Abstracts (first author)
Comparative analysis of symbiotic communities in HippoboscidaePDF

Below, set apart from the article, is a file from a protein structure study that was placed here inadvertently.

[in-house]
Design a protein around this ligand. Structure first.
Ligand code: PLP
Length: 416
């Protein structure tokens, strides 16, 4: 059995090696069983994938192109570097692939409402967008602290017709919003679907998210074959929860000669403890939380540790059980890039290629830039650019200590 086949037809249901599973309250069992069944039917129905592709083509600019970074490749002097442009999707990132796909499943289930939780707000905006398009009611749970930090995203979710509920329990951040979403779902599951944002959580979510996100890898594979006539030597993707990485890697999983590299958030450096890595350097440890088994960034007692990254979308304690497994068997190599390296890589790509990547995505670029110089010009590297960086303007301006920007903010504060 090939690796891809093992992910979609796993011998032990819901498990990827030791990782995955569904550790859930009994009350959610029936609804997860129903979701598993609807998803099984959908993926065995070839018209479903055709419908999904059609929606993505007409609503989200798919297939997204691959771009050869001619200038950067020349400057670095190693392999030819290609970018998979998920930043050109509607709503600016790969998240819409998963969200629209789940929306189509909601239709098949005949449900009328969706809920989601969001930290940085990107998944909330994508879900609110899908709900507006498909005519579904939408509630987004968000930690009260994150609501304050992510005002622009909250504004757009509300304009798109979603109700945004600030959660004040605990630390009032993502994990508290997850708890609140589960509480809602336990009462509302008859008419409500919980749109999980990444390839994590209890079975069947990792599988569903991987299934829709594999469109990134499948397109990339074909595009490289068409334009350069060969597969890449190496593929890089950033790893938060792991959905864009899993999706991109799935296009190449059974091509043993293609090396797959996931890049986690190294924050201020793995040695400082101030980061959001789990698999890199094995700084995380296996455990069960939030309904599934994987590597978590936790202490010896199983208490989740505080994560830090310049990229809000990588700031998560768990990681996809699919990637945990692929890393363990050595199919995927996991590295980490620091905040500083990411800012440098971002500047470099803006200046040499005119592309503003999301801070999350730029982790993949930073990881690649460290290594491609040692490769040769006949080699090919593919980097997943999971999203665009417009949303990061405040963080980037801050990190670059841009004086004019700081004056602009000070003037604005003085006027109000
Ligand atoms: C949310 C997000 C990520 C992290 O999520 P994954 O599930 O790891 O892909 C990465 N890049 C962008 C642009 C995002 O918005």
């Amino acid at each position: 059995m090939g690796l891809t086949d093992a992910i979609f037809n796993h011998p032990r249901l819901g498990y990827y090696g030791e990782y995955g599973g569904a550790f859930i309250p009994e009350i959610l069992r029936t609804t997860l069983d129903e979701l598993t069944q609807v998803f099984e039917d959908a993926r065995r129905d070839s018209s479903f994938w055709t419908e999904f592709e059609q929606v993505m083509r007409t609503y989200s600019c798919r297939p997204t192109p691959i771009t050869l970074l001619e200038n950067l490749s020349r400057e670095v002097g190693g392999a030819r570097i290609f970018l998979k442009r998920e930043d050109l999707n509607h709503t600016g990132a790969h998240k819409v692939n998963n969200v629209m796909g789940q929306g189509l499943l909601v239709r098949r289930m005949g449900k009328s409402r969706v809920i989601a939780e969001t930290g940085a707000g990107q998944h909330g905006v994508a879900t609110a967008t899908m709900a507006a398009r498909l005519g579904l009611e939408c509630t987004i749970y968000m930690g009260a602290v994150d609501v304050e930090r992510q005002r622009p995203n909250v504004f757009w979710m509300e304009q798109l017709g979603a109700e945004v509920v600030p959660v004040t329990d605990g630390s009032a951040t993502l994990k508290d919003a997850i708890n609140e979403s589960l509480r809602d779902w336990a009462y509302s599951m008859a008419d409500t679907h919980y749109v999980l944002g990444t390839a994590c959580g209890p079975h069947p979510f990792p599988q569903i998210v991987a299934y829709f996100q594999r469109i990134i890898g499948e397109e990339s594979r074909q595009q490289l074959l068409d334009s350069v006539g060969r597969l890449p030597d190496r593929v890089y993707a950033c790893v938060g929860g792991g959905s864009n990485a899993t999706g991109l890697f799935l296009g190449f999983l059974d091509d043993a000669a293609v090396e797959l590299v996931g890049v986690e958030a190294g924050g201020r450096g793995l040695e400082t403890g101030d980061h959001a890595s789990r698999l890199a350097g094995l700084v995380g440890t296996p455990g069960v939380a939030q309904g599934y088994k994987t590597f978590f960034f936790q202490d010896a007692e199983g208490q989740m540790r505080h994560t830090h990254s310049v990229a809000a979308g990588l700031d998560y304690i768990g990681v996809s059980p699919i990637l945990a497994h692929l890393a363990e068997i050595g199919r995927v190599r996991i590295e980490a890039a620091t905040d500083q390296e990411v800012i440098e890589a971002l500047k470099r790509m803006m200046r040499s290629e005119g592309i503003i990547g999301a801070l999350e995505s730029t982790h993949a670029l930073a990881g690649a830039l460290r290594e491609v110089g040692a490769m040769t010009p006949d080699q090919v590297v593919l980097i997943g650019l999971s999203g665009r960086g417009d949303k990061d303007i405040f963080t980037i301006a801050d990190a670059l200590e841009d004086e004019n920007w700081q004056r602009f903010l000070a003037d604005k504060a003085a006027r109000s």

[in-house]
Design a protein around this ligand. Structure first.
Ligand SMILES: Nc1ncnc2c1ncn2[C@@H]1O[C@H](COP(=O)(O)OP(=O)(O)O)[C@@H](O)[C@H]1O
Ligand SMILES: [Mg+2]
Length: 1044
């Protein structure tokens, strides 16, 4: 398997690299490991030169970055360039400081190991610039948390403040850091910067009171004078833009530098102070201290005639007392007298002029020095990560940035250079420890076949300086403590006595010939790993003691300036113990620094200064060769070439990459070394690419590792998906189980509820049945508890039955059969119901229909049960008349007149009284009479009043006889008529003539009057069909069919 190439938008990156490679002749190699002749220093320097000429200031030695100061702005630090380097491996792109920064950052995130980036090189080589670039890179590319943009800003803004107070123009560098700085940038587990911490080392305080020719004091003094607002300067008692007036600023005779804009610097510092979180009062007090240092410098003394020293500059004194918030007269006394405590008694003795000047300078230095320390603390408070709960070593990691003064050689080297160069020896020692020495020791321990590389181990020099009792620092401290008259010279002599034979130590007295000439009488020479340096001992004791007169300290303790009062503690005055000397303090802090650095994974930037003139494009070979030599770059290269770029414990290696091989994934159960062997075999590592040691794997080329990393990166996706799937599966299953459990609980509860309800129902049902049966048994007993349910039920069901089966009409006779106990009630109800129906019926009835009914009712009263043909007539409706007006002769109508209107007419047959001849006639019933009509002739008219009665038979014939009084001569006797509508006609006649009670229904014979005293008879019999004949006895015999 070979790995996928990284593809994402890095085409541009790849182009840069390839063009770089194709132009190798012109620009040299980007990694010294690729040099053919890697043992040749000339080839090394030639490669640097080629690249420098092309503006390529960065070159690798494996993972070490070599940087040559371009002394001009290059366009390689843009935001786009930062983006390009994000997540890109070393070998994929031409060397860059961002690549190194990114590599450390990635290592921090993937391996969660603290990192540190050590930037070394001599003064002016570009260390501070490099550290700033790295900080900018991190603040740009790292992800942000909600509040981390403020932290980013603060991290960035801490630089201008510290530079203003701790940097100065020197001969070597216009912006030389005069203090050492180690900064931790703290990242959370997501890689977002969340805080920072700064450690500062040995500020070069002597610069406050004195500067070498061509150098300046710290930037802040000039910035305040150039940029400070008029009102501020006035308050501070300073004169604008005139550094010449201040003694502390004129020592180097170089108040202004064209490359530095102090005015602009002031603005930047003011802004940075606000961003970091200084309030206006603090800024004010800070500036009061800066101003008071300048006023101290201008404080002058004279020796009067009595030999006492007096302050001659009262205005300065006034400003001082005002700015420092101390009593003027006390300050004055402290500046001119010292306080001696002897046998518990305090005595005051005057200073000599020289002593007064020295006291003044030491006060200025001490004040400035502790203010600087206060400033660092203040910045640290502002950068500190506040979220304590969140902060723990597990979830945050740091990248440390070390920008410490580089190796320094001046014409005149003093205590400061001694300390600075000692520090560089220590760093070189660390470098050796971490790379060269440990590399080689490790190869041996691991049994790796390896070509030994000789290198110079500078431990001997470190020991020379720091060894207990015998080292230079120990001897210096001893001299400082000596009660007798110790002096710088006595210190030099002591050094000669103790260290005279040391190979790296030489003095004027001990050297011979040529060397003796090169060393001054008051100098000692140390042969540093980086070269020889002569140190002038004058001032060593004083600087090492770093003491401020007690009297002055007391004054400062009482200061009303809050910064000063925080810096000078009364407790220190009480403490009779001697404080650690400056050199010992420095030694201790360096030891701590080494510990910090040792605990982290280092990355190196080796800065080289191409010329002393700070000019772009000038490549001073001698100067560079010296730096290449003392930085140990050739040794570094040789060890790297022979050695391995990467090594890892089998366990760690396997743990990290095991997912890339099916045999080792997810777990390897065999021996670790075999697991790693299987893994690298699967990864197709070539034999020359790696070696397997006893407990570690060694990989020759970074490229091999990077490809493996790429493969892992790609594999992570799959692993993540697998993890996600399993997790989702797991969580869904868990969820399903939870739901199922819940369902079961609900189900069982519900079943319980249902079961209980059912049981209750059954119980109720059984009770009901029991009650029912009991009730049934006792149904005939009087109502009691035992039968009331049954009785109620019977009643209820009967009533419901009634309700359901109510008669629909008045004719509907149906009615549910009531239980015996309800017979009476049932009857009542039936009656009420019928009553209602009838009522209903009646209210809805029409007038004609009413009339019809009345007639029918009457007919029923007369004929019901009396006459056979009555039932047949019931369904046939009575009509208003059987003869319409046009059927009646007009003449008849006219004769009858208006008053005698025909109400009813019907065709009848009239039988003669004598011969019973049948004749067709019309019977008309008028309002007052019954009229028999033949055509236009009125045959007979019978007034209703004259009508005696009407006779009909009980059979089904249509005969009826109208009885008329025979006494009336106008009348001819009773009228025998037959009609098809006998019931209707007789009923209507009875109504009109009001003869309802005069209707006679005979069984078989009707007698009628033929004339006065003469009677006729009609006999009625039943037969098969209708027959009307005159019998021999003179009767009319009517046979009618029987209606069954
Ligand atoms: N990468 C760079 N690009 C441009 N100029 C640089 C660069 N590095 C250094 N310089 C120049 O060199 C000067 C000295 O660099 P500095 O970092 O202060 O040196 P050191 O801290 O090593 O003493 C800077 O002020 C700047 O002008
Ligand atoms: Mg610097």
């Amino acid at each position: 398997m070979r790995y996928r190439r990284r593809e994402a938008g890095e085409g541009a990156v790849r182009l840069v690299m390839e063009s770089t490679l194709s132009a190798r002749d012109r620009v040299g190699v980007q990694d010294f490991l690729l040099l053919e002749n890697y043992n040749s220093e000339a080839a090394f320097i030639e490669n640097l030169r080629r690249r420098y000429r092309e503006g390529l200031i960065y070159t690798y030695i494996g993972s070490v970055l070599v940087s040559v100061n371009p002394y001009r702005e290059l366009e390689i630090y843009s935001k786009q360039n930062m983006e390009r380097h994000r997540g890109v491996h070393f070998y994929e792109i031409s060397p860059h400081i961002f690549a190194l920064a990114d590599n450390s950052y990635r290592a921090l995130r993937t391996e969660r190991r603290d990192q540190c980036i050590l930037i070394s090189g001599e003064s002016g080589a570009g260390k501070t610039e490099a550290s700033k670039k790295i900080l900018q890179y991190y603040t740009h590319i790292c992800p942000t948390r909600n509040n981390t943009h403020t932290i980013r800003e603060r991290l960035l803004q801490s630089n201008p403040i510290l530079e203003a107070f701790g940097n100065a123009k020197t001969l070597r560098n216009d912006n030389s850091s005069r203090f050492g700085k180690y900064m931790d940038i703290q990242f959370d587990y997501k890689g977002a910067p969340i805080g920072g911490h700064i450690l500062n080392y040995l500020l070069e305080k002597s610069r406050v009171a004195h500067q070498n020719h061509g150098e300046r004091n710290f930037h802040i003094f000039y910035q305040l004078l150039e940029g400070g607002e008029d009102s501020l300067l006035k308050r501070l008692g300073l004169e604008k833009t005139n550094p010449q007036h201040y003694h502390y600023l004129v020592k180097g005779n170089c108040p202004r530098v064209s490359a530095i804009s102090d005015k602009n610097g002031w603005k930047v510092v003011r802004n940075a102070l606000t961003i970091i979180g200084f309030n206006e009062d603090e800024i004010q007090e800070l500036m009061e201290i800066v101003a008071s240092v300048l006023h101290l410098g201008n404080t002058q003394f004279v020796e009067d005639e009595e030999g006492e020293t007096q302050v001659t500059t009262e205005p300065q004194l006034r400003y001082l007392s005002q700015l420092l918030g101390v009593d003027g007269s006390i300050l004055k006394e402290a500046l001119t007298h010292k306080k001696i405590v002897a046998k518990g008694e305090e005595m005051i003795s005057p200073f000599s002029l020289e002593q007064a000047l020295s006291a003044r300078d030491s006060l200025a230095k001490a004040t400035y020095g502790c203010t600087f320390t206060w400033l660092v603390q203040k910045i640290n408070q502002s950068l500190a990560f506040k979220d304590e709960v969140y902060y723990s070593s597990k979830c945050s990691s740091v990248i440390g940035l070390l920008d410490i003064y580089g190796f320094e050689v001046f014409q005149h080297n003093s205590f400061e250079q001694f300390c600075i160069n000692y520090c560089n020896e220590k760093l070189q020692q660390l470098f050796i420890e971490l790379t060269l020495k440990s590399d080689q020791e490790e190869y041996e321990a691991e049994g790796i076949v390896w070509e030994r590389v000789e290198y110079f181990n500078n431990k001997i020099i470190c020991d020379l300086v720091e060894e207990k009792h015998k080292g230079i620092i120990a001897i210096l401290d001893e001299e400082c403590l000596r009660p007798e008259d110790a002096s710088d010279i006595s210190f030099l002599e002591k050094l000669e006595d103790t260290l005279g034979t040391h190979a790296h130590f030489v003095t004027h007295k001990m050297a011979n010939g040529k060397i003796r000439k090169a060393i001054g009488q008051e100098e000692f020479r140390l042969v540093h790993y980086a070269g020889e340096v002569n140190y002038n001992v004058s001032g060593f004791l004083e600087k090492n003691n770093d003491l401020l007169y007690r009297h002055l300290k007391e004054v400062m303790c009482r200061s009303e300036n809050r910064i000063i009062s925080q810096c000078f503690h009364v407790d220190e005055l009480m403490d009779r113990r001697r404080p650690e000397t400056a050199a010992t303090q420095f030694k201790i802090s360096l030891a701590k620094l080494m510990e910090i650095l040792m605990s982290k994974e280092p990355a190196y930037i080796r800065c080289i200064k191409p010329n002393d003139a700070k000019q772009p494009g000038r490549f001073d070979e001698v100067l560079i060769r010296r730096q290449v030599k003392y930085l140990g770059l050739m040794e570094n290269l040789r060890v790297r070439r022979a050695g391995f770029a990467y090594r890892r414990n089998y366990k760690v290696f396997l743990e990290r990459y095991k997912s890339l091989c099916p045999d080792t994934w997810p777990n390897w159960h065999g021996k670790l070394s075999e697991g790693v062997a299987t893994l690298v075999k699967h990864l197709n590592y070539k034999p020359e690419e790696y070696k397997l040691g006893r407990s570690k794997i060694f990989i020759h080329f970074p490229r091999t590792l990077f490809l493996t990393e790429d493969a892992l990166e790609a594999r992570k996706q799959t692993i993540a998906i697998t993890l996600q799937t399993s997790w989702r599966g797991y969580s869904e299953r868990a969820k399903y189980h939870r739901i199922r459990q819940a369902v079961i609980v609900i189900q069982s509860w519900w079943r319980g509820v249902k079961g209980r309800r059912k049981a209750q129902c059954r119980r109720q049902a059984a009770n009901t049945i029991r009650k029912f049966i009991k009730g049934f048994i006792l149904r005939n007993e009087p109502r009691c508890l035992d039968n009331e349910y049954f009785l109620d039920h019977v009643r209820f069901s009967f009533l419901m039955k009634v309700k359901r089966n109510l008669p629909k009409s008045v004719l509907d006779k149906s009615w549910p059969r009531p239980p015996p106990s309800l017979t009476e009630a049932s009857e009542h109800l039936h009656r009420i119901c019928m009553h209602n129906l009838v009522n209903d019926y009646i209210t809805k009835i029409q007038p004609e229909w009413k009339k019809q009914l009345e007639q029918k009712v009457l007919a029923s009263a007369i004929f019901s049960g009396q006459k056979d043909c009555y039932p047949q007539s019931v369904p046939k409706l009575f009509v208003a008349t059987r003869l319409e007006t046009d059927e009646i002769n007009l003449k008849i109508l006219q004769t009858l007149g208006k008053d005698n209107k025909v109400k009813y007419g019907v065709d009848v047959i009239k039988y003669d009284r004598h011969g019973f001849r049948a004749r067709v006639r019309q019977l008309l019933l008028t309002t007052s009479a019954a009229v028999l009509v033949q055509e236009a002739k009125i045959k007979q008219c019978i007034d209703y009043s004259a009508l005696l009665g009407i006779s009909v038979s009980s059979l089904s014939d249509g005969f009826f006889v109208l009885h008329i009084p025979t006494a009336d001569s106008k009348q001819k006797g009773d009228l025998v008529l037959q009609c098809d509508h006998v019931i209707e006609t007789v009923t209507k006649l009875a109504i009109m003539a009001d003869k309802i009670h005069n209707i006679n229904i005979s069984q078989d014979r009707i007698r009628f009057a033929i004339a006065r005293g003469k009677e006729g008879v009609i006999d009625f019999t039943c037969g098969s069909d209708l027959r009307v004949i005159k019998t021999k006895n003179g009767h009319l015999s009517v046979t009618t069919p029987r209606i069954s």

Symbioses between bacteria and insects can range from simple bilateral relationships, with a single obligate mutualist, to multilateral models with complex bacterial communities. In hematophagous hosts, typical examples of such associations are provided by the symbiosis of human body louse Pediculus humanus with its primary symbiont Rieisa pediculicola, and tsetse fly Glossina morsitans with bacterial community containing a primary symbiont Wigglesworthia glossinidia, a facultative associate Sodalis glossinidius and Wolbachia. To allow for broader comparison of the symbiotic communities and their effect on the biology of different hosts, we analyzed symbiotic bacteria in hosts closely related to Glossinidae, the louse flies of the family Hippoboscidae. These organisms share many unique biological characteristics with Glossinidae, e.g. strict hematophagy, adenotrophic vivipary and nourishment through milk glands, and a specialized midgut section (bacteriome). Using Illumina sequencing, we characterized genomes of the symbionts associated with two biologically different species, namely Melophagus ovinus and Lipoptena fortisetosa. We demonstrated that the complexity of the associations differs among these species. In analogy to tsetse symbiosis, Melophagus ovinus carries complex symbiotic community involving obligate mutualist from the genus Arsenophonus (Gammaproteobacteria), a facultative symbiotic bacterium originated within Sodalis lineage (Gammaproteobacteria), a widespread bacterial associate of the genus Wolbachia, and two additional microorganisms Bartonella melophagi (Alphaproteobacteria) and Trypanosoma melophagium (Excavata). In contrary, Lipoptena represents a model of bilateral symbiosis harboring Arsenophonus bacteria as a sole symbiont. We discuss possible consequences of the symbiotic community structure on the metabolic functions within the host.